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The ups and downs of Chicago’s elevators

Submitted on Wed, 10/10/2007 – 11:52.
Story by Dan Selecman

From the Sears Tower to the constantly growing number of condos, hotels and office buildings, it’s hard to avoid using an elevator in Chicago and many do so daily.

And every day, high rise residents, workers and tourists are kept safe by just 13 people.

That is the number of inspectors employed by the city’s Bureau of Elevators. And they are responsible for the more than 27,000 elevators, moving walkways, escalators and “mechanical amusement rides” in Chicago.

Douglas Flebbe keeps busy with his share of these inspections. If you do the math, each inspector is responsible for more than 2,000 conveyances throughout the city.

Each conveyance should take about three hours to inspect, says Craig Zomchek, vice president of the Chicago Elevator Association, which is made up of elevator consultants, contractors and parts suppliers.

The three-hour per inspection estimate comes from the National Association of Elevator Safety Authorities, an organization that certifies elevator inspectors, Flebbe said.

But at that rate, Chicago inspectors would have to work 17 hours a day every day of the year to complete all the necessary inspections. And that doesn’t take into account any follow-up inspections or other duties.

In reality, Zomchek said the size and complexity of a device will vary the inspection times and many residential elevators can probably be inspected satisfactorily in approximately one hour.

There are not enough inspectors, Zomchek said, even taking the shorter inspection times into account. His organization wants the city to hire six or eight more elevator inspectors.

“The problem comes with all the new construction that’s going on,” he said. “It saps manpower.”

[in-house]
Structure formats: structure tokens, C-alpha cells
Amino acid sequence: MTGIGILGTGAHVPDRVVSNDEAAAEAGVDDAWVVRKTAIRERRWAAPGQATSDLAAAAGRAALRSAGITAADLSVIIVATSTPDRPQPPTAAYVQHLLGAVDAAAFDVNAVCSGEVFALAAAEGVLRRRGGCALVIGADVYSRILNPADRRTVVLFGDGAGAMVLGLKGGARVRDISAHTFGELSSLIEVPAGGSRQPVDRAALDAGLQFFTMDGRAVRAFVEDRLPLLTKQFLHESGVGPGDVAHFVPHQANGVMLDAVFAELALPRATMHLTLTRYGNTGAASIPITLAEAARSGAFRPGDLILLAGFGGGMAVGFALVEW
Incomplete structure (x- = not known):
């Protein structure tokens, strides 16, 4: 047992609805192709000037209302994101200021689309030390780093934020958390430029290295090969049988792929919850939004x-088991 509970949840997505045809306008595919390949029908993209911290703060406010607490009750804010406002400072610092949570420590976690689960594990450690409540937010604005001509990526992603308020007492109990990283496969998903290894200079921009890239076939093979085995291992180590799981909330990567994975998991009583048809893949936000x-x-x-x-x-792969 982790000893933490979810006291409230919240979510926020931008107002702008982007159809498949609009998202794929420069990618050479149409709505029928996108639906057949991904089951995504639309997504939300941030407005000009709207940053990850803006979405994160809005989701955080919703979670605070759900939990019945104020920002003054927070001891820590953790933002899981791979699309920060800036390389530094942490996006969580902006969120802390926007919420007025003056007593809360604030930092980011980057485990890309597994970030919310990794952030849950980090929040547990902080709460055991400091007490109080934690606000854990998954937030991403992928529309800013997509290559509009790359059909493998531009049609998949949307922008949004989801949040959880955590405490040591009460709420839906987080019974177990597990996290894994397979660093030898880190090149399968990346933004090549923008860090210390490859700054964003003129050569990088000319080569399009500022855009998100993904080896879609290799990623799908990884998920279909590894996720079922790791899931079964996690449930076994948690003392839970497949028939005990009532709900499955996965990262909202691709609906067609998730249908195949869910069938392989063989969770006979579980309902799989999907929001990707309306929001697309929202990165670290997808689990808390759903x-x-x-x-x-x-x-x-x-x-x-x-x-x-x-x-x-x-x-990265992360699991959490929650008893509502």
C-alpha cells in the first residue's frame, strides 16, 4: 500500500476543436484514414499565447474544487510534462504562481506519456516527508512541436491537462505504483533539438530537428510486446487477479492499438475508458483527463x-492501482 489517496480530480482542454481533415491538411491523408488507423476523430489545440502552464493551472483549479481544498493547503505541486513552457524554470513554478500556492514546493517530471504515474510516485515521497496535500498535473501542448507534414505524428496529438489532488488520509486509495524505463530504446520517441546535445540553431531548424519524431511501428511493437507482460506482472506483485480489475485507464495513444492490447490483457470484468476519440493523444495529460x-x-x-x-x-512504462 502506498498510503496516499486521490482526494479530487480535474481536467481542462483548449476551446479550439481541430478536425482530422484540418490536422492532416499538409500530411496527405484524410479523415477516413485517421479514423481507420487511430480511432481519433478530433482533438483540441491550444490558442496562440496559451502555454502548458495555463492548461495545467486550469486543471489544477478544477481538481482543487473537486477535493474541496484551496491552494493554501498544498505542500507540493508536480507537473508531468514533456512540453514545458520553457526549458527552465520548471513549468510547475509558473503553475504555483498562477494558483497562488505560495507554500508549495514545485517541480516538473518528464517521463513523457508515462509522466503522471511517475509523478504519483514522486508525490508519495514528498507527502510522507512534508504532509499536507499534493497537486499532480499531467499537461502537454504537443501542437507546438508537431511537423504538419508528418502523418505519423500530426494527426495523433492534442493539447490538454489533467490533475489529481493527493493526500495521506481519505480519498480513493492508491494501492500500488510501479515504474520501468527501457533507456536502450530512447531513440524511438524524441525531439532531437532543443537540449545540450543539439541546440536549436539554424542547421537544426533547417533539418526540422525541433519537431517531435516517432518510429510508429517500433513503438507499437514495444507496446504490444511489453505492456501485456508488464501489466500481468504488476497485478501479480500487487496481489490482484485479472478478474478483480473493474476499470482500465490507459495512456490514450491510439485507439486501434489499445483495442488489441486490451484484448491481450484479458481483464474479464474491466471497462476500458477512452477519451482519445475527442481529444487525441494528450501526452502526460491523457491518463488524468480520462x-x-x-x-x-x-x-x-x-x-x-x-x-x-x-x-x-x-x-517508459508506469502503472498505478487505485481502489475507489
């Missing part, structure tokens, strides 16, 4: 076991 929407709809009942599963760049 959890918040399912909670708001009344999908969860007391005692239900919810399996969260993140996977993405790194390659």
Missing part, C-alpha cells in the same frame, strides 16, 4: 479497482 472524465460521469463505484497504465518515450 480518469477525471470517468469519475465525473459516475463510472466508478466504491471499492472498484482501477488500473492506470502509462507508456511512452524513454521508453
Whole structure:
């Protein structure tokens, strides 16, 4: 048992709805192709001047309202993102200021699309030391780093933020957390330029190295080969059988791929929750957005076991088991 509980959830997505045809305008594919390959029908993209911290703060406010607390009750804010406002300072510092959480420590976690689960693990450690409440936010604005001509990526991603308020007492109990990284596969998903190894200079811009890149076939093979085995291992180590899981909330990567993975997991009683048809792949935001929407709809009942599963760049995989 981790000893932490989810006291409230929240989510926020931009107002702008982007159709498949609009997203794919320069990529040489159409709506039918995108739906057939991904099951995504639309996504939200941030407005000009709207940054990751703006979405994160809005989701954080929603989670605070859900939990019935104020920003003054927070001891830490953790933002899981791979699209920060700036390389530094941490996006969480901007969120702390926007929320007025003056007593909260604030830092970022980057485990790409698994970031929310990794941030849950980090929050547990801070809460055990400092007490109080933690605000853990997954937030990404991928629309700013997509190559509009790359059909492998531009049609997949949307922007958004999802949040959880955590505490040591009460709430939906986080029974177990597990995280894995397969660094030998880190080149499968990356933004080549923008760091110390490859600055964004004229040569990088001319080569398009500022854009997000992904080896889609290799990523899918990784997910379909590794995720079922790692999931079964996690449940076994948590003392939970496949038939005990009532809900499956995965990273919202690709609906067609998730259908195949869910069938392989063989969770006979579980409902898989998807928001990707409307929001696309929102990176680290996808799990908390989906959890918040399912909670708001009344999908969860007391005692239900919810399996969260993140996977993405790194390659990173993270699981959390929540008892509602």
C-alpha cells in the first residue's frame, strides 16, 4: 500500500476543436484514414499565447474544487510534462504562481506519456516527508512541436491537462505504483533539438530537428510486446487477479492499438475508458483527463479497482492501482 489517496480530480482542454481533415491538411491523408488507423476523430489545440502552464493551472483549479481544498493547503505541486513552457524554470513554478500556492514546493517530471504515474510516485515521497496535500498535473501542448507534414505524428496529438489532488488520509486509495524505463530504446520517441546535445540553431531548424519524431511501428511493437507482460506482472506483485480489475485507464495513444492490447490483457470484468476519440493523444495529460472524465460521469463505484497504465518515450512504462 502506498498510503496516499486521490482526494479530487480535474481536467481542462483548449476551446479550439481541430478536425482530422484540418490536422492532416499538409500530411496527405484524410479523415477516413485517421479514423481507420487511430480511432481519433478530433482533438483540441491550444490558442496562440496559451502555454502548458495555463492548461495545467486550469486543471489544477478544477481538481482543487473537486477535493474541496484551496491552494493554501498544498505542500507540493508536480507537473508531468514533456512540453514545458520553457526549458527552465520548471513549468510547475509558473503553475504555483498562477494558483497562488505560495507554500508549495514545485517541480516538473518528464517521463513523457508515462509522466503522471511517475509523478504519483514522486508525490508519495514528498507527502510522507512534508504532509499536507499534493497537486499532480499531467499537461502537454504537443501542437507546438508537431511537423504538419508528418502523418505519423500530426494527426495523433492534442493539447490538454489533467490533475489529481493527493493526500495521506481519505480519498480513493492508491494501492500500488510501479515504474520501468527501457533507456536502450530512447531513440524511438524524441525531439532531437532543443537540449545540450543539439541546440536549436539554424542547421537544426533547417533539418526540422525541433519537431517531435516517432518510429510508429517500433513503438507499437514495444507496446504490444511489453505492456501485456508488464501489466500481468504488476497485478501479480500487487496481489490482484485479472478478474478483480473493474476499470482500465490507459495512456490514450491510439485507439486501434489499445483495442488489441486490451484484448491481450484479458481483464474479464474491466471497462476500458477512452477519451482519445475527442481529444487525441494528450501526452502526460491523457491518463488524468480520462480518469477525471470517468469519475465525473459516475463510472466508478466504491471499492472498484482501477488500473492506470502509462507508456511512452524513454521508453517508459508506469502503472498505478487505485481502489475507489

Zomchek said the situation has yet to reach a “horrible” point, but the city needs to act now to prevent future tragedies such as the New York City delivery man who was trapped in an elevator for three days in 2005, as reported by the New York Times.

Problems already exist in some buildings. For example, in the Parc Paris apartments in Uptown. For several weeks one of the building’s two elevators was out of service and the other had occasional problems such as doors opening and closing on its own volition.

Zomchek said that shutting down an elevator is one way to avoid paying for repairs, which can range from a few hundred dollars to tens of thousands.

Flebbe said the Uptown apartment building failed not only this year’s inspection but also inspections going back several years. The inspection certificate hanging in the working elevator is from 2003 and the weight capacity listed was incorrect (although it did match the non-working elevator’s weight capacity).

Though there haven’t been any injuries, the elevators have temporarily trapped people. One resident, who did not want to be named, said he takes the stairs to his fifth floor apartment now because he was trapped in the elevators several times, once for more than an hour.

Short of legal action, Flebbe said residents could call 311, the city’s non-emergency number, to lodge a complaint. That will put it back in the 13 sets of hands that every day keep Chicago moving up and down.

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